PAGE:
Joan Brull, Dream (Somni)

Museu Nacional d'Art de Catalunya, Barcelona

Date: c. 1905
Technique: Oil on canvas, 200 x 141 cm


Käthe Kollwitz, Death

Date: c. 1893-1897
Technique: Lithograph, 22.3 cm x 18.5 cm

Known for her visceral interpretations of the suffering of the working class, Kathe Kollwitz impresses upon her viewer the extreme poverty experienced by the lower classes of turn of the century Europe. Listed as one of her most effective works, Death offers a disturbing image of death embracing a child. Her parents are depicted already in a state of despondent morning. Through her rendering of the figures faces, Kollwitz effectively captures the extreme psychological torment of the parents. Furthermore, the child's large vacant eyes represent an eerie sense of fear of the unknown. As if we are witnessing the moment of death. The image is further unified by an atmospheric quality which conveys a sense of stagnation and utter despair.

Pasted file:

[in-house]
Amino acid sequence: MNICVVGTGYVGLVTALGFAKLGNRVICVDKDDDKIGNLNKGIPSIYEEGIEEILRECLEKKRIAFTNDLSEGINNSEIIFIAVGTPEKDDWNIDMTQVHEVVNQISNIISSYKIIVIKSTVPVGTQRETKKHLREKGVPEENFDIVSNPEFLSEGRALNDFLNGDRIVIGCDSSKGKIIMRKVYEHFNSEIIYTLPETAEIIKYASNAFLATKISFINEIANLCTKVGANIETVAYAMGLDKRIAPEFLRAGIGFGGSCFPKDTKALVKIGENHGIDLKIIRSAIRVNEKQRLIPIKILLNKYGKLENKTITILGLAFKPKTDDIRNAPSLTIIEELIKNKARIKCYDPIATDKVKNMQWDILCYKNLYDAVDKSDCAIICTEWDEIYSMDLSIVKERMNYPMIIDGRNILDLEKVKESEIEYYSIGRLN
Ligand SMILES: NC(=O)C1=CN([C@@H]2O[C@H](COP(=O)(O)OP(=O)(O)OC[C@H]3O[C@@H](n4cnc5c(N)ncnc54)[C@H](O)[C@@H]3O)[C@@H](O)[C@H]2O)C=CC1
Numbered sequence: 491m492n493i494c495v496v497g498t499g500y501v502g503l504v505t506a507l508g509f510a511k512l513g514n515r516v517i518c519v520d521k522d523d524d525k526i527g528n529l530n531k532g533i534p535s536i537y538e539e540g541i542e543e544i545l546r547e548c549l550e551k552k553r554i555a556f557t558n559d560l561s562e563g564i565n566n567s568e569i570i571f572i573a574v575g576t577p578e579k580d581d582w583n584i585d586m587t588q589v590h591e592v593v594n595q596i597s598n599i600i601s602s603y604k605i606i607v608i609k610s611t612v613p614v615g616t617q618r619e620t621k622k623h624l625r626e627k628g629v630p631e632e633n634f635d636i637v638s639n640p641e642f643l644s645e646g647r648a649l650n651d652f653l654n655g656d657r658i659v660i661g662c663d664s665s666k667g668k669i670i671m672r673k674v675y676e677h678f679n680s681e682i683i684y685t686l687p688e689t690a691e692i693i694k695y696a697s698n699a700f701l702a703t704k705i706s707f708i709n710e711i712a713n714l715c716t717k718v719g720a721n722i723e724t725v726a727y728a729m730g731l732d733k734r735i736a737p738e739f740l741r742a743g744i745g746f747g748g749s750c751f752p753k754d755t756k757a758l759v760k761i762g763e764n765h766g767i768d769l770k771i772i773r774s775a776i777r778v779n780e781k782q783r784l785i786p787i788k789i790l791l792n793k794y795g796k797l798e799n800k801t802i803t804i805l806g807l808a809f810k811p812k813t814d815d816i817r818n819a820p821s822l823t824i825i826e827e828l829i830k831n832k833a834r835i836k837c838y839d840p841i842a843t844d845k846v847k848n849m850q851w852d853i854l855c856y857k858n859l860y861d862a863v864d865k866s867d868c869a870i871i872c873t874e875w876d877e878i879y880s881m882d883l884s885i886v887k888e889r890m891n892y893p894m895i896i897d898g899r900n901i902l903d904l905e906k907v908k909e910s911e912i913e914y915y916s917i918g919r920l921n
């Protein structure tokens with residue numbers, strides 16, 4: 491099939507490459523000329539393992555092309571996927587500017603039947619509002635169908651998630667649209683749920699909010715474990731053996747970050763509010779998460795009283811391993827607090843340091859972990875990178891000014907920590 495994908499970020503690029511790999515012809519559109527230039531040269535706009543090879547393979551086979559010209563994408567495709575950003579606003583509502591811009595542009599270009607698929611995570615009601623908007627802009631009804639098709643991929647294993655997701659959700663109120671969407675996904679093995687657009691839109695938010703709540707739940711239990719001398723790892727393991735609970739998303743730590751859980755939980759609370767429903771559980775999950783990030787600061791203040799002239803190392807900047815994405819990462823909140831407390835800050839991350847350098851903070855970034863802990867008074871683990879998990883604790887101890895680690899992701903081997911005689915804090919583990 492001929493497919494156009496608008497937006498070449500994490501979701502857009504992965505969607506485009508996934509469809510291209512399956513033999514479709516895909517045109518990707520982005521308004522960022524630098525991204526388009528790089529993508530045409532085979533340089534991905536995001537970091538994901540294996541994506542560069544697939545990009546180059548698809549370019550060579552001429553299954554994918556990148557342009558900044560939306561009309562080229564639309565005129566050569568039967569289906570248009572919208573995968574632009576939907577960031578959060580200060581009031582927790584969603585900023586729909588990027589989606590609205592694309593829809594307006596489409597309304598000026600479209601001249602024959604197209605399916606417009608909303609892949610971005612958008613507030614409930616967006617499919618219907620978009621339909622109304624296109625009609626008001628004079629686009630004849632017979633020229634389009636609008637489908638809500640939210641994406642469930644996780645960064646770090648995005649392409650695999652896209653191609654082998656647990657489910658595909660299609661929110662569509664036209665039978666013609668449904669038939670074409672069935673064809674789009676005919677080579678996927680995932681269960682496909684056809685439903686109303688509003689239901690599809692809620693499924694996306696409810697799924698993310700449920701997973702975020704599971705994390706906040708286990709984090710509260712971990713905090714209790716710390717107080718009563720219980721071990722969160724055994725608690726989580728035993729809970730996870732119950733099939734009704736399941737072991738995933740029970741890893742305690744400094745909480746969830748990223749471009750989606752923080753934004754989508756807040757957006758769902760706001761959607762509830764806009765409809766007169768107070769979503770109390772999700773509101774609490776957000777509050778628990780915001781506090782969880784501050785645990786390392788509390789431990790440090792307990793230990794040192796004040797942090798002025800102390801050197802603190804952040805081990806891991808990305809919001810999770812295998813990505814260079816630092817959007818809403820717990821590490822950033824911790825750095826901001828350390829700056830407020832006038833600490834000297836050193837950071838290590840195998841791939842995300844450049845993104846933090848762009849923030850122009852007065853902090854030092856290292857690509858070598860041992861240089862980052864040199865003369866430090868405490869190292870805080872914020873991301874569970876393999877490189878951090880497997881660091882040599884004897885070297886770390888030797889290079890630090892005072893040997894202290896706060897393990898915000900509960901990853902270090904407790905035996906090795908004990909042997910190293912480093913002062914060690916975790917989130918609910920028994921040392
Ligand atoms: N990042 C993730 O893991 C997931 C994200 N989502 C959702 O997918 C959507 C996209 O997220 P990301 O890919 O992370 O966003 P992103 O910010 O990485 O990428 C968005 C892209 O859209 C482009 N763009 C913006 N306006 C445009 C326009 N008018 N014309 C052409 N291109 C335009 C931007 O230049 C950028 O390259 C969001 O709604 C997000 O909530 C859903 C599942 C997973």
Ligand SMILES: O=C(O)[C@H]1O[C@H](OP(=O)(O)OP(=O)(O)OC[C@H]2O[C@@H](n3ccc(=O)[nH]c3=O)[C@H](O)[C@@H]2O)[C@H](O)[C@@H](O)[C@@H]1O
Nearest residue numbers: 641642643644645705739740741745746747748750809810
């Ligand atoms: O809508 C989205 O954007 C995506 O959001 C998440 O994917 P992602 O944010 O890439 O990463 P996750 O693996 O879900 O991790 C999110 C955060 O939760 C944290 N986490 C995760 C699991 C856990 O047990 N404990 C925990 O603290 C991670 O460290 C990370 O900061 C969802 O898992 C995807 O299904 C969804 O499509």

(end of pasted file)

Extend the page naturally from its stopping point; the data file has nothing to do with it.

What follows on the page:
This lithograph was one of six lithographs and etchings included in the series inspired by Gerhart Hauptmann's, 1893, play entitled the The Weavers. According to Knesebeck, this work is a State B impression, from the editions by von der Becke as of 1931, printed in brown-black on copperplate paper with the von der Becke blindstamp in the lower right of the image.

Source 1
Source 2

Käthe Kollwitz, Hunger

Date: 1923
Technique: Woodcut on dark cream, thick, rough, wove paper, 22.3 x 22.9 cm

Related Posts Plugin for WordPress, Blogger...